Fan Expo is a convention that takes place in Toronto, featuring big name celebrities, overpriced merchandise, and an opportunity to see upcoming games and movies. In the previous installment I looked at all the mainstream games coming out for the current generation of consoles. In this installment I’ll be looking at all the indie games. Digital: A Love Story, Analogue: A Hate Story, They Bleed Pixels and a few PSN games were also available to play but these games have already been released for at least 6 months so I’m not going to cover them.
Lovers in a Dangerous Spacetime
This is a two player co-op game where you need to fly a ship, fight enemies and get upgrades. You don’t control the ship directly, but one of two people. Each room in the ship corresponds to a different part of it. One part controls the engine, another the shields, 4 are for guns (one in each cardinal direction), and a final one for the superweapon. This means that at any point in time, only two parts of the ship are in use. I found myself frantically flying while my partner was trying to get shots off, but if we felt that we were in a fairly safe position we’d both move man the guns. As we and our enemies moved, we found it prudent to change the direction of the shields. It was a lot of fun, and I’m looking forward to the level of content the final game offers.
A Long Time Coming
This is a game made within 24 hours for Feb Fatale, which was a game jam hosted during February. You play a woman who cheated on her boyfriend and needs to either hide the fact or tell him during dinner. The game only lasts for ten minutes and is only playable at conventions. There are no plans to release it to the public either as a paid game or as freeware. The most notable aspect is “Knife Time”, where you need to choose to respond to your boyfriend with hostility, respect or just break down and confess. It’s named Knife Time as the original concept involved throwing knives at a board to pick your response, but in this version you just push a button. It wasn’t a bad game, but it was too short and ultimately unfulfilling.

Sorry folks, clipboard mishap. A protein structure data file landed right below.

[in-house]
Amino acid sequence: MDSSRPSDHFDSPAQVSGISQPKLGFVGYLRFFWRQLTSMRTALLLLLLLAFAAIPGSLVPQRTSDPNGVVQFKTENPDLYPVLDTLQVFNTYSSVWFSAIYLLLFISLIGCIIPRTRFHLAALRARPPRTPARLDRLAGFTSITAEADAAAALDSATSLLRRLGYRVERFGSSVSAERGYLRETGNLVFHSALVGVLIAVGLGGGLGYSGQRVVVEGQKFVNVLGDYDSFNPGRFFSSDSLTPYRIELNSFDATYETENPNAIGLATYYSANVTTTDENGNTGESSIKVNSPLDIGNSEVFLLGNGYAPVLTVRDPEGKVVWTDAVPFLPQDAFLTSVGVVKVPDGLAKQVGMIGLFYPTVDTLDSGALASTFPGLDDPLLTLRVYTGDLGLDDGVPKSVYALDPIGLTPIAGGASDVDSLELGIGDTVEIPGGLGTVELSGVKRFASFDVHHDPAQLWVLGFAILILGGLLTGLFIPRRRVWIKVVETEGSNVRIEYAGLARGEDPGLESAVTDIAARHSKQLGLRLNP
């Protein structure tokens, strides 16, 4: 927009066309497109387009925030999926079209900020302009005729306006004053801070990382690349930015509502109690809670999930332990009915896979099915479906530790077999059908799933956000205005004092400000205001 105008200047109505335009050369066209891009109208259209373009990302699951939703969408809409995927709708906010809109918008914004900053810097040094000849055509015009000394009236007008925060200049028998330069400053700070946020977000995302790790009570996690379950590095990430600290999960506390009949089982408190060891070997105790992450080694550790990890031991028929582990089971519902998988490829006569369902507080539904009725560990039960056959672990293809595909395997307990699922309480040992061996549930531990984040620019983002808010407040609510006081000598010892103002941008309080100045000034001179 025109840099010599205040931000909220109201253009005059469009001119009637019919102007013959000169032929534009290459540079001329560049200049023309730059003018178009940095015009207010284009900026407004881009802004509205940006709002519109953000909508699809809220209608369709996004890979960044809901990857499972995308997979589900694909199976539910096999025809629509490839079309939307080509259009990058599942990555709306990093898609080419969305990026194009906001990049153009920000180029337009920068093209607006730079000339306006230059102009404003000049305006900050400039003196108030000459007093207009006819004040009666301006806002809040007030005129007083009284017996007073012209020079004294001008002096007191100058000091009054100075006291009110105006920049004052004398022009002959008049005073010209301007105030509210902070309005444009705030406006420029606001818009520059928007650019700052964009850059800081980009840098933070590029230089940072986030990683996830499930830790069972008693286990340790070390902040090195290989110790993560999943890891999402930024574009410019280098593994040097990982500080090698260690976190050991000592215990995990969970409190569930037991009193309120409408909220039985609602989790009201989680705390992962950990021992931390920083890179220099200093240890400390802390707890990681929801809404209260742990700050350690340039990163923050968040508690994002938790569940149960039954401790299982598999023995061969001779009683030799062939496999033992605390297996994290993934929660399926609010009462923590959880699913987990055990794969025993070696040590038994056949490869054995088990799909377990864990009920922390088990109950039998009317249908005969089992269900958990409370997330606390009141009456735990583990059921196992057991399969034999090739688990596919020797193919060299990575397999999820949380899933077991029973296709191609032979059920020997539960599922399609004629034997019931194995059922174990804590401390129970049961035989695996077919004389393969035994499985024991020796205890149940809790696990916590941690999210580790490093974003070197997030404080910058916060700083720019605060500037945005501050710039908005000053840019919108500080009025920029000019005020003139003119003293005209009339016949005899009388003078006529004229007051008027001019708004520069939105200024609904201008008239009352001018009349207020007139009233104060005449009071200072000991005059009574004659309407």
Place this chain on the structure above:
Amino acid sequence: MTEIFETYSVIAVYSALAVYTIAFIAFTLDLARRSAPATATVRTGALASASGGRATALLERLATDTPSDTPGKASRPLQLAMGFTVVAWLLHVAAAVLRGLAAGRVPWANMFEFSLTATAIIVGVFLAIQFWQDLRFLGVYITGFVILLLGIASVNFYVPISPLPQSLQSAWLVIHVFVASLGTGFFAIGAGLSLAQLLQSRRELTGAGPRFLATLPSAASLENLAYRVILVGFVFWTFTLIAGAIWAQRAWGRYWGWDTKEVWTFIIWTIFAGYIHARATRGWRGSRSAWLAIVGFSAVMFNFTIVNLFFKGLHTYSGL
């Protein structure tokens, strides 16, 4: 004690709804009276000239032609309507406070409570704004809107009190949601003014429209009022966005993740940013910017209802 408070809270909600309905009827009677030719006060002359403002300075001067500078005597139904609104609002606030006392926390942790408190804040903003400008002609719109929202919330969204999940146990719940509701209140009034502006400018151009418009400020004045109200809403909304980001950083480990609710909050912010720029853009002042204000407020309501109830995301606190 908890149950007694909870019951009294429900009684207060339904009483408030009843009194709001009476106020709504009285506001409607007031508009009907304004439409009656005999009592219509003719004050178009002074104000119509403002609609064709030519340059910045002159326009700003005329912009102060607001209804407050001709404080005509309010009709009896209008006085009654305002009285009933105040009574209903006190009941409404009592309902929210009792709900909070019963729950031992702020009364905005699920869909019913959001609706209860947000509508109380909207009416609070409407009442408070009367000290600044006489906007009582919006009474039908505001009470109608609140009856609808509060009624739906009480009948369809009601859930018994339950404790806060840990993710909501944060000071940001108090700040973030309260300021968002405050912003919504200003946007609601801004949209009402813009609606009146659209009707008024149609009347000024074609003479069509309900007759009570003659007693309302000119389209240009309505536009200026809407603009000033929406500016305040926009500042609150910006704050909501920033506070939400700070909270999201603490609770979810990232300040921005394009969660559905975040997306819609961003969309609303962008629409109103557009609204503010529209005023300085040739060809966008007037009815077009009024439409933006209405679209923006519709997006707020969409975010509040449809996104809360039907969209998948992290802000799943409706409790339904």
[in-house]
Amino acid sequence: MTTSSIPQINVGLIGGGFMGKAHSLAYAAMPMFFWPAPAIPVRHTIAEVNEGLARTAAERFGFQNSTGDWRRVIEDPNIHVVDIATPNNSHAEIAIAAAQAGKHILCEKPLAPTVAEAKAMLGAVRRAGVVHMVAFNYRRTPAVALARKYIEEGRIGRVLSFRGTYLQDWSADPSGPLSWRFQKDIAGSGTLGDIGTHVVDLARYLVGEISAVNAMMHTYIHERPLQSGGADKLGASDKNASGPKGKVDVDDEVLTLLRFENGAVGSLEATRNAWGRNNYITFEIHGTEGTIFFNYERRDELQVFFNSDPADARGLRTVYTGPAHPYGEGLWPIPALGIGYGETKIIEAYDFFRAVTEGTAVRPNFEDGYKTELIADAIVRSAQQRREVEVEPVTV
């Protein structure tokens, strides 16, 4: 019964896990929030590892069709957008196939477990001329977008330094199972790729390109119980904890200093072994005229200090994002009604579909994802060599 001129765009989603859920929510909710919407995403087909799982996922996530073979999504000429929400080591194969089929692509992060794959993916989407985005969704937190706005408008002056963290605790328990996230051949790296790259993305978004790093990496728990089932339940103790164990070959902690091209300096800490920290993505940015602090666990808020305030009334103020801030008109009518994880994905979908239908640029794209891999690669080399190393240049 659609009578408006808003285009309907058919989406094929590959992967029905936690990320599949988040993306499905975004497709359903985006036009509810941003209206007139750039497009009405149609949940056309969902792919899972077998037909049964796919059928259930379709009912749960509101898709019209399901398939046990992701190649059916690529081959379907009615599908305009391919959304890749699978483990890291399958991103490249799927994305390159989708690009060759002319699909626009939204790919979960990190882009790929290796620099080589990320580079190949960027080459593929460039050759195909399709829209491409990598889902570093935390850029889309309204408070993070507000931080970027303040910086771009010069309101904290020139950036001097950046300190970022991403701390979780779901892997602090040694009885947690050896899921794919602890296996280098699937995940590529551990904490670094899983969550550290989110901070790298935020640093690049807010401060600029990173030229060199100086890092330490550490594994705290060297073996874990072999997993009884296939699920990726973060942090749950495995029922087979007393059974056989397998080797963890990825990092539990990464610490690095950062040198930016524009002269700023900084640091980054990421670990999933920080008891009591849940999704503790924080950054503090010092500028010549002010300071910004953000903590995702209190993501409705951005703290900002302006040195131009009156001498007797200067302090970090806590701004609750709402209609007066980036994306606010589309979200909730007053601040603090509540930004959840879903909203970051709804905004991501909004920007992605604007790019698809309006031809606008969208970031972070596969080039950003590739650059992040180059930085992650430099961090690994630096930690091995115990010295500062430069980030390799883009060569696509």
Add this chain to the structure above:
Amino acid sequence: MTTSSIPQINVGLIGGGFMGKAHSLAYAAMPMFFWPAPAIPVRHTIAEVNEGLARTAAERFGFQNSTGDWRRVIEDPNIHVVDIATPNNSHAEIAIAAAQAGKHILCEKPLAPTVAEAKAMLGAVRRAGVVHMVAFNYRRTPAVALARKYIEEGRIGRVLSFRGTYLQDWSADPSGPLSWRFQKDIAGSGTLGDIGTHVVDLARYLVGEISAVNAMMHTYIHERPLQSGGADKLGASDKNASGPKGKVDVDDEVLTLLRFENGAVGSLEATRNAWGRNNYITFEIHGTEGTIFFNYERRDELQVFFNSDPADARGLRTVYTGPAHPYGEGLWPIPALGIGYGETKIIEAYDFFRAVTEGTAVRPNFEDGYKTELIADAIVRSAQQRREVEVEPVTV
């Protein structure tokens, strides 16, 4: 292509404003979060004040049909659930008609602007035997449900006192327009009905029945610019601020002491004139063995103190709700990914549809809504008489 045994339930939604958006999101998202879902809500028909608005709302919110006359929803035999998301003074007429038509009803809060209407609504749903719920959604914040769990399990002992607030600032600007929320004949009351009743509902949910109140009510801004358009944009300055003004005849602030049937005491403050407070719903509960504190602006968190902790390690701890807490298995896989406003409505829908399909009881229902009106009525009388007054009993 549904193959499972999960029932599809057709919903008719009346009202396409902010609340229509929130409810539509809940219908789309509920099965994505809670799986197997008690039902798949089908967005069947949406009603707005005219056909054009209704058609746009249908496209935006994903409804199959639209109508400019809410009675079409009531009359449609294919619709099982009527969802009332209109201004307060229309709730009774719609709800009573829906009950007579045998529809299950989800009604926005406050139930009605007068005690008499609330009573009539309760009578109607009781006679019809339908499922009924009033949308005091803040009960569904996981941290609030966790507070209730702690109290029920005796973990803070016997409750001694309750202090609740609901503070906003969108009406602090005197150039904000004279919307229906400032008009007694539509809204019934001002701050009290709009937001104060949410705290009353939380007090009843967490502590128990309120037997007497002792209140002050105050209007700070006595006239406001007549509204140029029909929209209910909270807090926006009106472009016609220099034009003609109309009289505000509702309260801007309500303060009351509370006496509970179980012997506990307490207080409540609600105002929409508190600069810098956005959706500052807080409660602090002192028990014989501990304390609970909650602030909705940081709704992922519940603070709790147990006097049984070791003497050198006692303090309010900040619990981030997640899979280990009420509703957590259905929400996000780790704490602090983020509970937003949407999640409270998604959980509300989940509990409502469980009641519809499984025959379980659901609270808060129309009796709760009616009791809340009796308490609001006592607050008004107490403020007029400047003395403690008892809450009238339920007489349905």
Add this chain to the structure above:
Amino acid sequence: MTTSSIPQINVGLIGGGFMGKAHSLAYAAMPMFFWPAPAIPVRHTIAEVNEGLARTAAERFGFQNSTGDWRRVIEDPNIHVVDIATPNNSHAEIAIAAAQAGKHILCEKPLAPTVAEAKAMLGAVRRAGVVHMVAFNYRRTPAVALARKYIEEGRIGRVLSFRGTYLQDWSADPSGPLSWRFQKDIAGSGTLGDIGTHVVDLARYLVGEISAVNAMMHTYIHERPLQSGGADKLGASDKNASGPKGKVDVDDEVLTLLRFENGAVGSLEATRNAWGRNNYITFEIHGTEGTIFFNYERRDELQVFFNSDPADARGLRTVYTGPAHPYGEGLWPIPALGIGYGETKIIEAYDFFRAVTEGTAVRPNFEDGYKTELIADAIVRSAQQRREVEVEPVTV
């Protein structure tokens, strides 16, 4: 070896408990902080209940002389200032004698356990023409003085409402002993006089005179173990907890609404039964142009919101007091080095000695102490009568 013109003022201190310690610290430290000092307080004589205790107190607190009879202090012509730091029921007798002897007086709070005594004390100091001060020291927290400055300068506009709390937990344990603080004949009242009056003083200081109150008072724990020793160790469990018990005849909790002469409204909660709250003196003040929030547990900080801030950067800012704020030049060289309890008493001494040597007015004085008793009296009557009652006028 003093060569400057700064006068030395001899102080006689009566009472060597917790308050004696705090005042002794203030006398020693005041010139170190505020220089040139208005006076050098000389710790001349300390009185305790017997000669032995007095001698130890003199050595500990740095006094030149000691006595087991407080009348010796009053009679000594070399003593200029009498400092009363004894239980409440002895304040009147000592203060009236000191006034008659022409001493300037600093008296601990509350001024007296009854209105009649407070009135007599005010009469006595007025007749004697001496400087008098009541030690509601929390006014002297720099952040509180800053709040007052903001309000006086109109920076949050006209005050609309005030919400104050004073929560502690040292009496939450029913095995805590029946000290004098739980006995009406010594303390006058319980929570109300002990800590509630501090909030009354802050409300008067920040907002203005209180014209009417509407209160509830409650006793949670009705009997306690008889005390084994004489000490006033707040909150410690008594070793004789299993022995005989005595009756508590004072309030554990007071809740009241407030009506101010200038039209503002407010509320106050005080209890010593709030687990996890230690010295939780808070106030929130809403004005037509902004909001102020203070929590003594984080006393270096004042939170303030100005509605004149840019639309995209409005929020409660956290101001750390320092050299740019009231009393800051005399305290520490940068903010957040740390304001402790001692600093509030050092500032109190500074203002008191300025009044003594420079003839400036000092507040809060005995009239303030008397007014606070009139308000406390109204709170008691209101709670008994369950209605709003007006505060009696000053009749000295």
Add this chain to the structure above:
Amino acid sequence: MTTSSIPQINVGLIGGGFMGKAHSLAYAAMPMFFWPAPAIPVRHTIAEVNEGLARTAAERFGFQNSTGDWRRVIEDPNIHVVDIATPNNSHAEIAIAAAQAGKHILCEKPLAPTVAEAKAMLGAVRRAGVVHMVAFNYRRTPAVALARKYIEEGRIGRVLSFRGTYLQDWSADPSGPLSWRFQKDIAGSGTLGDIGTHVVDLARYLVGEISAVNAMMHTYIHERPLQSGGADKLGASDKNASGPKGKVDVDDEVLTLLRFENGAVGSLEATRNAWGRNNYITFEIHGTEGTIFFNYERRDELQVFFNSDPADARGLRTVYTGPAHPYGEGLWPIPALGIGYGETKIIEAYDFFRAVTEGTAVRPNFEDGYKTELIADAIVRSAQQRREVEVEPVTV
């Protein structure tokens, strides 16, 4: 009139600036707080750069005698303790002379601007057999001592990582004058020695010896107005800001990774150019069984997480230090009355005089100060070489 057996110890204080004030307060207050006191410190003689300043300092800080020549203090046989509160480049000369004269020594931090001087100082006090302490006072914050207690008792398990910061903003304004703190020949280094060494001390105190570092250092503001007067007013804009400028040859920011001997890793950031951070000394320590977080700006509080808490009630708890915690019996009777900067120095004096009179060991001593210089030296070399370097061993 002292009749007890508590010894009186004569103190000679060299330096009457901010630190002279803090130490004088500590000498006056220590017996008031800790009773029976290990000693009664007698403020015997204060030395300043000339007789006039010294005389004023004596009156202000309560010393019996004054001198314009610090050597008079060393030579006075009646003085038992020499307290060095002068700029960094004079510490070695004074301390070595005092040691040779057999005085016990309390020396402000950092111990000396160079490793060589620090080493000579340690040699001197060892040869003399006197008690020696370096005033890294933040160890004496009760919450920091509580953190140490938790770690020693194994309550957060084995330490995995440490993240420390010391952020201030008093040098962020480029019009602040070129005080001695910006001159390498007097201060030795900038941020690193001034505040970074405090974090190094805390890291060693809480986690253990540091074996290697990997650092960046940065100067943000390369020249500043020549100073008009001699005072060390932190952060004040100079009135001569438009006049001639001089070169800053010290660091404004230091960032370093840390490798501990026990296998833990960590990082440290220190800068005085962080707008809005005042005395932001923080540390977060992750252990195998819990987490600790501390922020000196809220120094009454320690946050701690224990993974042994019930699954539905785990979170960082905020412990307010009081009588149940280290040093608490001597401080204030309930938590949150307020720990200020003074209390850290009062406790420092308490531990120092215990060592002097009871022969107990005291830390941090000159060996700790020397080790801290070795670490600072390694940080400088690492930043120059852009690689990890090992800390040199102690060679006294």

Super Time Force
This is a platformer coming out for the Xbox 360, although a PC port is scheduled to be released afterwards. You play as one of 5 characters, each with their own abilities. One character has a gun with bullets that ricochet off walls, another can create a shield that absorbs all incoming fire, etc. In the game you can rewind time and switch characters whenever you want. This is extremely important as each character dies in a single hit, and each level has a very strict time limit that usually isn’t longer than a minute. What’s unique about this game is that any iterations of your character still exist even after rewinding time, so you can have ten copies of yourself shooting at a single enemy. It’s very fast paced and was extremely fun to play.